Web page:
pbahra writes: The rather splendidly named Jolicloud, both the name of a French start up and its operating system, is launching its first netbook, the Jolibook, on Friday. Jolicloud is a flavour of Ubuntu, designed to blur the distinction between desktop and web apps. The company's CEO was keen to stress that this was more than just another netbook launch, and that the Jolicloud represents a different approach to computing. He describes the Microsoft model — where you buy a computer, then you have to buy Office, and then anti-virus software, and then more and more as the “old model”. Instead, users are expected to pay for some content and for online cloud storage. The details of the launch are still under wraps, but I can tell you it will be very competitively priced — under most rival netbooks yet delivering a pretty powerful package — with a dual-core 1.5GHz Atom N550 processor and featuring a 250GB hard drive. The whole thing is HTML5-based.
pbahra writes: The UK is to develop a hub of digital and technological expertise in London to rival the US's Silicon Valley says the UK's new coalition government. The UK Prime Minister David Cameron is expected to claim that his blueprint for technology, which is being launched today in East London, will "set Britain on the path of becoming the most attractive place in the world to start and invest in innovative technology companies." Mr. Cameron will set out fundamental changes to U.K. immigration law to entice well-funded overseas entrepreneurs, and revisions to intellectual property laws to make them “fit for the internet age”. The program is expected to tie up with the infrastructure being developed for the 2012 Olympic Games. The initiative has been given the backing of some of the US major technology players, including Intel, Google, Facebook and Cisco.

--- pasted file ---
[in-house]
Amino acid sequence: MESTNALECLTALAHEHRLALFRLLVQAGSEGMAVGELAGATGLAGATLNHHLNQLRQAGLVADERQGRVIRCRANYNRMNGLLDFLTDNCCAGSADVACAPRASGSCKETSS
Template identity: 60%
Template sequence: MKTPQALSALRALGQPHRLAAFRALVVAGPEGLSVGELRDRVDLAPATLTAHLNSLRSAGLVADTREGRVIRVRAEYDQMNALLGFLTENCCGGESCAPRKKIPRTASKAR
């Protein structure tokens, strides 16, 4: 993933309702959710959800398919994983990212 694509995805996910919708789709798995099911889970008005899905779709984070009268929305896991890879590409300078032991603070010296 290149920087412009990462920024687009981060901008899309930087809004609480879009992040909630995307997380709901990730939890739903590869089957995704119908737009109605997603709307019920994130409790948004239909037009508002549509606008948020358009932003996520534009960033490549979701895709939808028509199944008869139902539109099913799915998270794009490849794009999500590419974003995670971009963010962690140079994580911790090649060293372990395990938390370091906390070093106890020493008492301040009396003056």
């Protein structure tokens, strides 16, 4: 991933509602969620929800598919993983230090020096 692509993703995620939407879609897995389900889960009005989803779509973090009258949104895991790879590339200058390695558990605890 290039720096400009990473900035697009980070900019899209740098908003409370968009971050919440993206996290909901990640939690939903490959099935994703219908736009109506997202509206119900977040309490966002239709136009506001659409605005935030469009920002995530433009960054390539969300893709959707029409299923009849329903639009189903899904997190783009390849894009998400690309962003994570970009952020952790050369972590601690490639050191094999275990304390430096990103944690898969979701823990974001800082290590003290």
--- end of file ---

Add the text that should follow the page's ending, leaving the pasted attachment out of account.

pbahra writes: Ford is taking a big step in the creation of fully digital dashboards in their auto-mobiles with the introduction of a second generation of its digital system — Sync. It aims to redesign the entire user interface of the dashboard with color-coded touch screens, better voice recognition and five-way control pads on the steering wheel. This new system redefines the way you control in-car entertainment and climate settings; permits personalization of things like instrument-cluster gauges; and even lets you set up a Wi-Fi network in the car.
pbahra writes: Nokia looks increasingly alone in its support for the Symbian smartphone platform, even as the global handset market leader is launching new devices based on an upgraded version of the system, which should be better able to match rival software. Apart from Nokia, which builds most of its smartphones around Symbian, phone vendors like Samsung and Sony Ericsson have also made use of the open-source system in their devices. But these two have now put their Symbian development on hold, focusing instead on other platforms such as the ever more popular Android. Is this the beginning of the end for the Symbian mobile platform?